#Namibia2017: Day 5


Since yesterday involved a long day of sitting in the blind, we decided to drive around for a while before heading back there this morning. We had also heard that there was a big, lone gemsbok that had been seen two mornings in a row in roughly the same area, so we thought we would see if we could find him. We did catch a glimpse of him running away of course! We decided to head towards the blind when Steve spotted a jackal out of the corner of his eye. He swung the truck around as I readied the rifle and found the jackal in my scope. He was moving away from us, but he paused for a split second when Steve called to him, and I fired. Blackie was out in a flash, but he seemed very disinterested by the downed jackal and left him quickly. We spent more time admiring the different colors in the fur; jackals have much prettier coats than the American coyote. We dropped him off at the skinning shed before heading towards the blind.

We had a little more action at the blind today, but not the gemsbok we were hoping to see. We spotted a herd on the way in, so we were hoping they were headed in the general direction of the blind, but they never showed. We had visits from a springbuck, and big giraffe, and tons of little mongooses. These little guys became very curious of our blind, and half a dozen of them ended up getting within just a few feet of us to check us out. This lasted for about five minutes until Addison got too excited and made a sudden movement- they took off in a hurry. They were a lot of fun to watch, and they make a sound like a purr that is pretty darn cute. Steve said that they had a few as pets long ago and that they are very social creatures, but that they are not fond of people outside of their “family” and have very sharp teeth that they use when they are not happy.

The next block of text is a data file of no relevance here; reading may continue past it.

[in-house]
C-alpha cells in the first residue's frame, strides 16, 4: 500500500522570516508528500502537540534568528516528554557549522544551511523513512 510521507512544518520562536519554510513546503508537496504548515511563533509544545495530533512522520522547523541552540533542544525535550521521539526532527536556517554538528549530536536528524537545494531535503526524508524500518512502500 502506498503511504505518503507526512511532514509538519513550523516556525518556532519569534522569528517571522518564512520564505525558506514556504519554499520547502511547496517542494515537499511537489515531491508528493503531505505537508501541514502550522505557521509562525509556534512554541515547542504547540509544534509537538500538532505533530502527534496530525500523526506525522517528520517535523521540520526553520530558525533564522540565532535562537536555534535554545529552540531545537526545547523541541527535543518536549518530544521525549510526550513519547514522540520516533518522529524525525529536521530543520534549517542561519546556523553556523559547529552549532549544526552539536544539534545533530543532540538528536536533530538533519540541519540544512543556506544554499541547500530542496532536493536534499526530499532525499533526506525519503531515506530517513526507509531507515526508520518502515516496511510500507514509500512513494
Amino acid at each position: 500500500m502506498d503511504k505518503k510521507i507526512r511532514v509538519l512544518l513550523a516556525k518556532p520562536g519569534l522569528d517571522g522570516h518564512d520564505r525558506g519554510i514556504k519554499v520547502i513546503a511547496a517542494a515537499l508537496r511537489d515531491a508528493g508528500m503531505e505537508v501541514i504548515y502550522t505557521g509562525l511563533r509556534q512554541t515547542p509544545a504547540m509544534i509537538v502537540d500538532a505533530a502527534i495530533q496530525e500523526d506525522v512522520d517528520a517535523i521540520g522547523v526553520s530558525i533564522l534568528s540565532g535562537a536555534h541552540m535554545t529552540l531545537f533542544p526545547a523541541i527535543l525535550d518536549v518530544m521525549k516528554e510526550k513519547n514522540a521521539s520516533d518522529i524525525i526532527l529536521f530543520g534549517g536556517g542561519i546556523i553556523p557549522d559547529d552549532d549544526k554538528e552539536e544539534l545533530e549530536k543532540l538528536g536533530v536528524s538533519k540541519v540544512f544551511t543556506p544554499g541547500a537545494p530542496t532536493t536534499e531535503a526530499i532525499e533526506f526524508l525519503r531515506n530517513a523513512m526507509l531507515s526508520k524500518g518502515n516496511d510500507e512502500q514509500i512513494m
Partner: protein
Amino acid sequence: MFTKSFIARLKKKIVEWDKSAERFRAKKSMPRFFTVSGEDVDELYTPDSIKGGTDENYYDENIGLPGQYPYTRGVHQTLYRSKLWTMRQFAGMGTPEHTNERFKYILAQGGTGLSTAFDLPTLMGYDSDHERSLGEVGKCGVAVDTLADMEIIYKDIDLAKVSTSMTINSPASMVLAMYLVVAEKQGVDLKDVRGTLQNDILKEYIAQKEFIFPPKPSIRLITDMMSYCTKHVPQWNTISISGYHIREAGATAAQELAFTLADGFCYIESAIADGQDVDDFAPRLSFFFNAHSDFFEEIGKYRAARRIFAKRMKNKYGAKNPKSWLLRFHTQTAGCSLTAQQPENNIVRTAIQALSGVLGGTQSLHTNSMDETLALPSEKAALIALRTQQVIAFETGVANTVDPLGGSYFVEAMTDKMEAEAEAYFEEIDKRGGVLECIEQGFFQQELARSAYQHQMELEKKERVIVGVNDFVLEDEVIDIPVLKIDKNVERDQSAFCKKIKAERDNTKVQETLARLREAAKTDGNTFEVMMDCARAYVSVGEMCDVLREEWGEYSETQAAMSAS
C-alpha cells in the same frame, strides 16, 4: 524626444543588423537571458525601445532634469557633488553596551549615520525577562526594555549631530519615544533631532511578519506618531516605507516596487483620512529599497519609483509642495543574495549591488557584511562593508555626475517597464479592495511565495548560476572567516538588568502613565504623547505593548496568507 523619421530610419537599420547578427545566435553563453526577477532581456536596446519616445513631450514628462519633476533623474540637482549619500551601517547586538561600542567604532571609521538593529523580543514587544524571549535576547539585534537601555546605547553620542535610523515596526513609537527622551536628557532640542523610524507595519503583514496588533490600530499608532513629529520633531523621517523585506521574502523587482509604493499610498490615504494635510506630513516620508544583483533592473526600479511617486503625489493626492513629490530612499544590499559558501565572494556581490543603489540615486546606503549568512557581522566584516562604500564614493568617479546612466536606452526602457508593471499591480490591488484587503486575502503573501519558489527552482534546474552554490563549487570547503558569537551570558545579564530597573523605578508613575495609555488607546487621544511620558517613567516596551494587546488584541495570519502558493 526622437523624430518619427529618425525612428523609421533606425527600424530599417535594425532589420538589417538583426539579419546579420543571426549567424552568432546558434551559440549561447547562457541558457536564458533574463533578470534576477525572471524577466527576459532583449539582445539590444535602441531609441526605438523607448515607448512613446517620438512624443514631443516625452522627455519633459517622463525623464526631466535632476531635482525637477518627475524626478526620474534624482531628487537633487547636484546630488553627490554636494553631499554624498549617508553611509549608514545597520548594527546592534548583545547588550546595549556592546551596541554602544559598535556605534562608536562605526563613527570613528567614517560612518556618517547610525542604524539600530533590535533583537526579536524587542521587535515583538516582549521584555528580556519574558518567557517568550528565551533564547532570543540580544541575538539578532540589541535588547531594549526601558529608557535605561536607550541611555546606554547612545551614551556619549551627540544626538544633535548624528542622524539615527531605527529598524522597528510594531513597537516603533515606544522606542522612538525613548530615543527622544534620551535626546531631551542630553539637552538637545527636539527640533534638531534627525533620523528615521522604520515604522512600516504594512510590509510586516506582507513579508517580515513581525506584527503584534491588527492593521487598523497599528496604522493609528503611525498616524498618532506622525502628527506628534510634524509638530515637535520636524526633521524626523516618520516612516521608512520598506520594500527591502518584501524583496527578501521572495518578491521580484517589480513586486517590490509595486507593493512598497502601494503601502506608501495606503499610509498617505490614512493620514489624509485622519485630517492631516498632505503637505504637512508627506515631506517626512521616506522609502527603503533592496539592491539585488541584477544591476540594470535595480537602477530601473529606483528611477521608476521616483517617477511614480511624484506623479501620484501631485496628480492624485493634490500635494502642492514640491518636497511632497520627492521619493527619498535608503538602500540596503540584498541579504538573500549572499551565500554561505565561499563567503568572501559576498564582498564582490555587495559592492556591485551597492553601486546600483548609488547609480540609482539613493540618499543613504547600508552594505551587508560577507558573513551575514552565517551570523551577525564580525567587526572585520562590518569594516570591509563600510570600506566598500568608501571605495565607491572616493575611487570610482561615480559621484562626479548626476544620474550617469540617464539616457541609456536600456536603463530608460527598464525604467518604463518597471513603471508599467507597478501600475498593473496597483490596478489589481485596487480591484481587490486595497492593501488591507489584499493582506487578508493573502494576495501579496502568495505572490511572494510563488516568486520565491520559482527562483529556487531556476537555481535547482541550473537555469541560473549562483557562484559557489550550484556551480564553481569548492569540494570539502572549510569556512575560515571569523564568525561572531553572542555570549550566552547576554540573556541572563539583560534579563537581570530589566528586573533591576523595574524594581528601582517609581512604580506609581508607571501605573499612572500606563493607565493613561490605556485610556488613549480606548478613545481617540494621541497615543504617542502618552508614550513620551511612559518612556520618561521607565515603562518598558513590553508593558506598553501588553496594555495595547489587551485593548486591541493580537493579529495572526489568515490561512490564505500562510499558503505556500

As we were leaving the blind later in the afternoon, we passed a herd of gemsbok, probably headed to the salt lick. You gotta’ be kidding me, right? Oh well! We stopped by the side of the road so we could get a picture of a monitor lizard, and then headed out to another part of the preserve to see what we could see. It must have been “bring your baby to work day,” because they were everywhere! We saw a black wildebeest calf, and a blue wildebeest calf, who was with a group of cows with no bull. Then we saw lots of baby giraffes, some only a week or so old. One of them actually had the dried umbilical cord still attached, which looks like a thin twig hanging from its belly. Such cute little guys!

As we were headed for home, we spotted another herd of gemsbok. Steve thought he saw a nice bull, so we swung the cruiser to a stop as he glassed through his binos. I looked through my scope as he told me which gemsbok was the bull, but he was quartered towards me. It is a shot I can make, but not without being certain of my bullet placement. I hesitated a second too long, and they were off. The second gemsbok in two days that I had in my scope, but both days I couldn’t take the shot. So goes the life of a hunter; you have to decide to be ethical above all else, and as frustrated as I am that I haven’t gotten my gemsbok, I can’t second guess my decision in either case, because it was the right call at the time.

We headed back to the lodge, and on tonight’s menu was beef filet and leg of springbuck- delicious!